At Little Flower Montessori School, our main goal is to provide an environment that fosters children’s independence. We do this by providing opportunities for a child to do things for themselves, such as dressing themselves, pouring water, choosing what they want to do, preparing a snack, and cleaning their work space, all through a prepared environment. Materials and activities that encourage the child to “do for him/herself” and nurtures developmental progress, confidence, and self-esteem are the foundations of the Practical Life curriculum.
As Maria Montessori said, “Never help a child with a task at which he feels he can succeed.”
We practice freedom and discipline everyday by allowing children to have the freedom of choice – the freedom to choose their activities for themselves; and time – to freely work with an activity for as long as they choose.
This freedom leads to discipline. The traditional approach to education believes that children are impulsive, disorderly, and must be disciplined externally through rewards and punishment. But unfortunately, the issues remain the same. However, Montessori education helps to develop the child’s character through their ability to make choices by listening to his or her interests. As natural limits exist, the child is able to practice the inhibition of those impulses. For example, in a prepared environment, there are only one set of materials, such as one easel for painting. Thus, only one child can paint at a time, and the activity is only complete when everything has been put back in its place and is ready for the next person to use.
Parents can encourage their child at home to participate in ways that help to induce self-discipline, confidence, and independence. Here are some helpful suggestions to incorporate Practical Life activities at home:
In order for a child to have freedom, they must have self-discipline. Self-discipline is something that must be taught, modeled and practiced. Thus, in order for a child to be independent, they must engage in continued concentrated activities of their own choice, so that they can grow in inner discipline. This “normalization” is the most important goal of the Montessori philosophy.
“The child has to acquire physical independence by being self-sufficient; he must become of independent will by using in freedom his own power of choice; he must become capable of independent thought by working alone without interruption.”
-Dr. Maria Montessori
Daily Montessori. (2014). “Montessori Theory.” Retrieved from: http://www.dailymontessori.com/montessori-theory/.
Michelle Irinyi (2009). North American Montessori Center Montessori Teacher Training (blog). “Parenting for Independence the Montessori Way: Fostering Self Discipline and Confidence.” Retrieved from: http://montessoritraining.blogspot.com/2009/06/parenting-for-independence-montessori.html#.U-pPY_ldWSo .
Absorbent Minds Montessori (n.d). “What is Montessori.” Retrieved from: http://www.absorbentminds.co.uk/acatalog/What_is_Montessori_.html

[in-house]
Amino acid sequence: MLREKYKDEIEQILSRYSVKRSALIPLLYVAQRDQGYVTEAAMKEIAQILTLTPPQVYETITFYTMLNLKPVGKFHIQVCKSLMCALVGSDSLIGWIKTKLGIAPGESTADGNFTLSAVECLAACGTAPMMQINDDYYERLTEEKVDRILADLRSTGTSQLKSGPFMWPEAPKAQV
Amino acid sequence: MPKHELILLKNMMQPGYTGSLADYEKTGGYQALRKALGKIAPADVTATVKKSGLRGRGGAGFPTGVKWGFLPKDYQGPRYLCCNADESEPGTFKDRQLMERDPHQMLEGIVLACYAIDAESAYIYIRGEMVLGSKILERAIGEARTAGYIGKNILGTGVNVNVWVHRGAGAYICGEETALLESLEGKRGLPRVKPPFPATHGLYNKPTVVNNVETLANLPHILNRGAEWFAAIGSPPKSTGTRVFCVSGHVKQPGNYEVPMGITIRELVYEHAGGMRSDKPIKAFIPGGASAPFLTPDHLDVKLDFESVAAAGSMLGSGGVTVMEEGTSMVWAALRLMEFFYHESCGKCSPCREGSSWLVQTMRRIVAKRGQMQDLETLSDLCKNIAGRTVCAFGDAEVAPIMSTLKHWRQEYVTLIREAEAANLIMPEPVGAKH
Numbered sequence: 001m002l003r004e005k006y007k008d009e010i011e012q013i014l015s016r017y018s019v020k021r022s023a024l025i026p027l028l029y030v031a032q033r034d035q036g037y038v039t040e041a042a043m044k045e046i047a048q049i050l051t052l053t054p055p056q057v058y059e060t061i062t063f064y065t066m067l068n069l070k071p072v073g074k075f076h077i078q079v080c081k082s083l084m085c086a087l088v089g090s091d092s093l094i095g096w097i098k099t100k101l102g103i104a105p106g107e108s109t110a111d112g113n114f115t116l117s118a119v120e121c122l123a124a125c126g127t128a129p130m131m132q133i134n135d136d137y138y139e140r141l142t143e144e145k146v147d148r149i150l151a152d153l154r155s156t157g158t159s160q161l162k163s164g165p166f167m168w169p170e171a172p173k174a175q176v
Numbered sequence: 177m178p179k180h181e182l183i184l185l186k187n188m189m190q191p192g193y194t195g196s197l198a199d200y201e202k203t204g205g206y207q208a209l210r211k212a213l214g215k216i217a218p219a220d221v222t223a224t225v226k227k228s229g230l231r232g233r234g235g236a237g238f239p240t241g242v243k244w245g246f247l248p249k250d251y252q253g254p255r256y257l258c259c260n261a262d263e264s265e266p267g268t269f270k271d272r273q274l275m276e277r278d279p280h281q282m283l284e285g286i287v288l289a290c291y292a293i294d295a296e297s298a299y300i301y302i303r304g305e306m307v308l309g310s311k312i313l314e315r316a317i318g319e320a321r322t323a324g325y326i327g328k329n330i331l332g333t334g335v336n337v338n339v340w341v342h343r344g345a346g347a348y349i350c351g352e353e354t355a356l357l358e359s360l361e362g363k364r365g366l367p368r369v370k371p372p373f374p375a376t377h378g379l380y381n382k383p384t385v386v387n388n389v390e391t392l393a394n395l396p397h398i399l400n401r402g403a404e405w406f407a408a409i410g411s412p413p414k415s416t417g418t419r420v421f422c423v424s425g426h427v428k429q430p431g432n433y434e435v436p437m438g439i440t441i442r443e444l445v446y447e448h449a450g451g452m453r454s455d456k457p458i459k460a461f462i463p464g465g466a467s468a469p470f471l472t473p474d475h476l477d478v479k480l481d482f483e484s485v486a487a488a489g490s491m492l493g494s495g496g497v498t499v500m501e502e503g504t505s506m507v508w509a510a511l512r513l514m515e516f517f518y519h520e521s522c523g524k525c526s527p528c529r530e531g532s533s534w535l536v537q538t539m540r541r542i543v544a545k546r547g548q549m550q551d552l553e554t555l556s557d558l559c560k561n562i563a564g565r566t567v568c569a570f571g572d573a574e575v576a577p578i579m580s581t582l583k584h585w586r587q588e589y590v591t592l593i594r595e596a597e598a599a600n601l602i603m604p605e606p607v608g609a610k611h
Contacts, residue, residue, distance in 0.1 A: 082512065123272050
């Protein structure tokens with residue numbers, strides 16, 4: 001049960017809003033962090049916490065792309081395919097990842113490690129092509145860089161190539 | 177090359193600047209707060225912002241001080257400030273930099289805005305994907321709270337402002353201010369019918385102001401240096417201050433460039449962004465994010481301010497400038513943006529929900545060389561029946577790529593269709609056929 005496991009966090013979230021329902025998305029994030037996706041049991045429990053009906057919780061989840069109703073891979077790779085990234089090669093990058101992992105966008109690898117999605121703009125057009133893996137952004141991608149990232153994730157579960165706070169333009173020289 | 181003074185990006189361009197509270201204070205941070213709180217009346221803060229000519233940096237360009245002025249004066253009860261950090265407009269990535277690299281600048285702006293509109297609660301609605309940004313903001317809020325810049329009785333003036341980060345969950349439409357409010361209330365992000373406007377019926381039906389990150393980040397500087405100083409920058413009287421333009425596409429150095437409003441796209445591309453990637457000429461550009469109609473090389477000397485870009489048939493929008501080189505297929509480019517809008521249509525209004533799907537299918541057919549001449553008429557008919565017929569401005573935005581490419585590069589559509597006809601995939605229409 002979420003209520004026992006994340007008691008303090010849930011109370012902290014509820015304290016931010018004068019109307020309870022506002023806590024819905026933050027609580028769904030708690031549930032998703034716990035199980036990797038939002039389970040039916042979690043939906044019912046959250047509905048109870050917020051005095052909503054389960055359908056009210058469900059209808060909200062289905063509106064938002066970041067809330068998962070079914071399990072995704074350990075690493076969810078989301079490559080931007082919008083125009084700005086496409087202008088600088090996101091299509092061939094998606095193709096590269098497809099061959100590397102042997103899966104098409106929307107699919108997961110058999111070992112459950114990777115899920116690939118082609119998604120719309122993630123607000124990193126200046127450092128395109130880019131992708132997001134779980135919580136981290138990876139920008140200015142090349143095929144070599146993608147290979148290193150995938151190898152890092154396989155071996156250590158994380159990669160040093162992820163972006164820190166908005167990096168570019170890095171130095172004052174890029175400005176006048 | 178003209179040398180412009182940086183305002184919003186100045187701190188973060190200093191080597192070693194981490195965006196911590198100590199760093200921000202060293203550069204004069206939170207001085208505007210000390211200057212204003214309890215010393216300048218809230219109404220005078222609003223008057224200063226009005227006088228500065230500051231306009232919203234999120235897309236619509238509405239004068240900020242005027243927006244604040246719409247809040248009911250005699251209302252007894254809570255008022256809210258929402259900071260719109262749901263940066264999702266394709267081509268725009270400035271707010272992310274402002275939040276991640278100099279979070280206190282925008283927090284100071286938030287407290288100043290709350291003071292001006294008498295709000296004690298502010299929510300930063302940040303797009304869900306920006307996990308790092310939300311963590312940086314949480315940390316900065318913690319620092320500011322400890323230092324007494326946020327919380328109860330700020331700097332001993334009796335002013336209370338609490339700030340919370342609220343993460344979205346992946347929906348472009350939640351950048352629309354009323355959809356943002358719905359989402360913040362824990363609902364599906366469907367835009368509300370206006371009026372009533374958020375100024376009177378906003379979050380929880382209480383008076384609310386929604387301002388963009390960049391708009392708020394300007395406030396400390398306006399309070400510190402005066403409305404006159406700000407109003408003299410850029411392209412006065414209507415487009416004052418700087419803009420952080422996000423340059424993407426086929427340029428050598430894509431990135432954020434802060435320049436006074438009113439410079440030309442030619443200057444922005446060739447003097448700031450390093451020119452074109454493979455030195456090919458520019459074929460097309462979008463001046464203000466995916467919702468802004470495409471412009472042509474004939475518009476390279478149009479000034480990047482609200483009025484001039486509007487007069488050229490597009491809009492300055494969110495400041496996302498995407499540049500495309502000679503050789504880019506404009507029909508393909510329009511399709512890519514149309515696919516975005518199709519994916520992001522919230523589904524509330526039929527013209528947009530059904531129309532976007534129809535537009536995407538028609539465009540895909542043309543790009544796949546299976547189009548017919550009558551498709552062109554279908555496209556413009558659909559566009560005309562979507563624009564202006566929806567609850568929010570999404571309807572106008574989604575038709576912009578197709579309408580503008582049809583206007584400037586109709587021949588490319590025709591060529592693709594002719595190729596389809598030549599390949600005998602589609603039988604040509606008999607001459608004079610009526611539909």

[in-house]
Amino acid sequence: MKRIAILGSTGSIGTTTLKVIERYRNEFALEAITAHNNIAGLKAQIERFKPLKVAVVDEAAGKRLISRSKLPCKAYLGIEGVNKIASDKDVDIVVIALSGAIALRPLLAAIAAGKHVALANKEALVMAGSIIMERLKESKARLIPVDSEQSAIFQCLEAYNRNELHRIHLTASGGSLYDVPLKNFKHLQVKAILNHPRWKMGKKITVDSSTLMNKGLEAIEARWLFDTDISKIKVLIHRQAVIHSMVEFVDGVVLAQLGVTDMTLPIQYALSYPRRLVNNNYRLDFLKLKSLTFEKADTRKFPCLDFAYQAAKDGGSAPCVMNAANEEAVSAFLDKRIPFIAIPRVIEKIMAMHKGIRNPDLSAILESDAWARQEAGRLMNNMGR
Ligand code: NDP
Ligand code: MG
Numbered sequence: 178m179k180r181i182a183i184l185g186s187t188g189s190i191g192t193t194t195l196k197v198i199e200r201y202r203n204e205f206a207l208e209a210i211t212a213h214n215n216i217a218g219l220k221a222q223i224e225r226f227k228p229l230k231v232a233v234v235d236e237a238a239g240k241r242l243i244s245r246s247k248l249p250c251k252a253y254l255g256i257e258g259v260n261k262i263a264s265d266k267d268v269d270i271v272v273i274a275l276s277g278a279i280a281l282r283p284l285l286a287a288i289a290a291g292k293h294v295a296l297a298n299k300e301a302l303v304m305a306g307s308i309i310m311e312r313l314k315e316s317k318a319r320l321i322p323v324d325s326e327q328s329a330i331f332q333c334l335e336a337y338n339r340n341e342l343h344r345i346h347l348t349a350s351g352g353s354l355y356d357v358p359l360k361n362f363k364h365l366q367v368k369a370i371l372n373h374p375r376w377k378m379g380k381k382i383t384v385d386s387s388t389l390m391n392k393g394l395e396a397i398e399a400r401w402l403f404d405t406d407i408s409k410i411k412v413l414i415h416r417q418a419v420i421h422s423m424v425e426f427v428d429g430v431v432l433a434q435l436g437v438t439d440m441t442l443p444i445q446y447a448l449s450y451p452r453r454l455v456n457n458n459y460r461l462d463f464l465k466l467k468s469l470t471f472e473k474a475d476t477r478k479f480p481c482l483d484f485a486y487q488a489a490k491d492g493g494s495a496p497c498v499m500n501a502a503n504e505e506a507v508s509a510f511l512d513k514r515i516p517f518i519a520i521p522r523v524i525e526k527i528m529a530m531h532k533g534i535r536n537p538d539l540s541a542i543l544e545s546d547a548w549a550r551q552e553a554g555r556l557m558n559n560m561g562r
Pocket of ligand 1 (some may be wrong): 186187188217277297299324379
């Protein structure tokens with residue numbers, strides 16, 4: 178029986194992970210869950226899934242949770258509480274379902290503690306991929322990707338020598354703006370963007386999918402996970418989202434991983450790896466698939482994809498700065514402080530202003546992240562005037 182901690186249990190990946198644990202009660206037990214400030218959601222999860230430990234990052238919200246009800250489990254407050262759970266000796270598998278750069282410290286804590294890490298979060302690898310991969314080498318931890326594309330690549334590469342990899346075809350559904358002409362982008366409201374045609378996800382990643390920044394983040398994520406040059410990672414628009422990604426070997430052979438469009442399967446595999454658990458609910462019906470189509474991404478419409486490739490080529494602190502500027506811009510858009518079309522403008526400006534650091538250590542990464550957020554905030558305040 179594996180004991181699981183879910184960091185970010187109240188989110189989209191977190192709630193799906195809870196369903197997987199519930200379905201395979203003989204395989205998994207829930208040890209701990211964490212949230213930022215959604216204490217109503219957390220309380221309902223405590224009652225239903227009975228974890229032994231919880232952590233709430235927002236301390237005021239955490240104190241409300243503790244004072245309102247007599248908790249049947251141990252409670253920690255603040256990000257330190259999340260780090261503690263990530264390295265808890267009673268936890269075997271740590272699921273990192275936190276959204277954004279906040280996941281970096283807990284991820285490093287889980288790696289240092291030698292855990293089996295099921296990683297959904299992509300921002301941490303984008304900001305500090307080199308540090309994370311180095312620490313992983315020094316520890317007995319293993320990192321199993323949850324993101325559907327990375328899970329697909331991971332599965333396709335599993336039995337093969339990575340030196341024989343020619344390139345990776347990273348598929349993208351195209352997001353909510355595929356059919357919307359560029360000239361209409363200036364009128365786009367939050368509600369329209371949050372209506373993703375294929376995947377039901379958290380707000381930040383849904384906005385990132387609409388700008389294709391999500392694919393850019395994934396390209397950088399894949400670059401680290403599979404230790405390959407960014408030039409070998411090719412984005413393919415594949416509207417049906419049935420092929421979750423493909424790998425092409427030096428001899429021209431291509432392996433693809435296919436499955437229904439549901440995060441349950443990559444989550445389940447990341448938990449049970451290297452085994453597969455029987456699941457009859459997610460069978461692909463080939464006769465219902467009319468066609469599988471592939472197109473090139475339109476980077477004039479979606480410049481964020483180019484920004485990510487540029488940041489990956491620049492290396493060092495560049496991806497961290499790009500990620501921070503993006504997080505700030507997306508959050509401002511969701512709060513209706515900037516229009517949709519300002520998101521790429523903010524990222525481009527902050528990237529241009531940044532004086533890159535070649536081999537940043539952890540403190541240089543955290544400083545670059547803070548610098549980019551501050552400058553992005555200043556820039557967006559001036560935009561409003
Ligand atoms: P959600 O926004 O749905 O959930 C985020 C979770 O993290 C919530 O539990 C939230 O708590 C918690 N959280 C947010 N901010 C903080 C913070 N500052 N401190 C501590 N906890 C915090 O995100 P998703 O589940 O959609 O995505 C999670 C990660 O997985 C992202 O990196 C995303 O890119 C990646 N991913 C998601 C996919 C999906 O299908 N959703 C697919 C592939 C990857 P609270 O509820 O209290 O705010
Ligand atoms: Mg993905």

“The ‘absorbent mind’ welcomes everything, puts its hope in everything, accepts poverty equally with wealth, adopts any religion and the prejudices and habits of its countrymen, incarnating all in itself. This is the child!” ~ Maria Montessori
The “absorbent mind” refers to the mind’s capacity to take in information and sensations from the world that surrounds it. Maria Montessori believed that children have the ability to educate themselves and cannot help learning. Children learn from their environment simply by living.
Montessori sees the absorbent mind in two phases. The first phase occurs from birth to three years old. Babies are born without a language and very few skills other than the instinct to survive. However, the young child unconsciously acquires basic abilities as he absorbs his surroundings in the early years in order to build and create himself. Maria called this period the period of “unconscious creation” or the “unconscious absorbent mind.” The child’s ability to absorb this information eventually allows him to acquire the skills to speak, walk, feed himself, and gain control of hands and bodily functions, all of which is necessary for future independence.
Once the child has acquired these abilities (around the age of three years old), he then moves on into the next phase of the absorbent mind called the “period of conscious work” or the “conscious absorbent mind.” During this period, the child begins to intentionally direct and focus attention on experiences that will develop those abilities that were created during the first three years.
From the years of three to six, the fundamental task of the child during this phase of conscious absorption is intellectual development and freedom; the freedom to move purposefully, to choose his own direction and to concentrate. In addition, during this phase, the child will expand his vocabulary greatly. Thus, Montessori environments are built to foster their vernacular growth.
The first six years are crucial for a child’s self-development, and we must trust that the child will unfold before us. The act of living life and adapting to their environment will create the person the child is to become.
The Association Montessori International/USA is a national non-profit organization that strives to propagate and further the teachings and work of Dr. Maria Montessori in the United States. Click here for more info.
“Great school! Children learn at their own, individual pace and according to their own choice of activities from hundreds of possibilities! leading to concentration, motivation, self discipline, and a love of learning!”
-Submitted by a parent–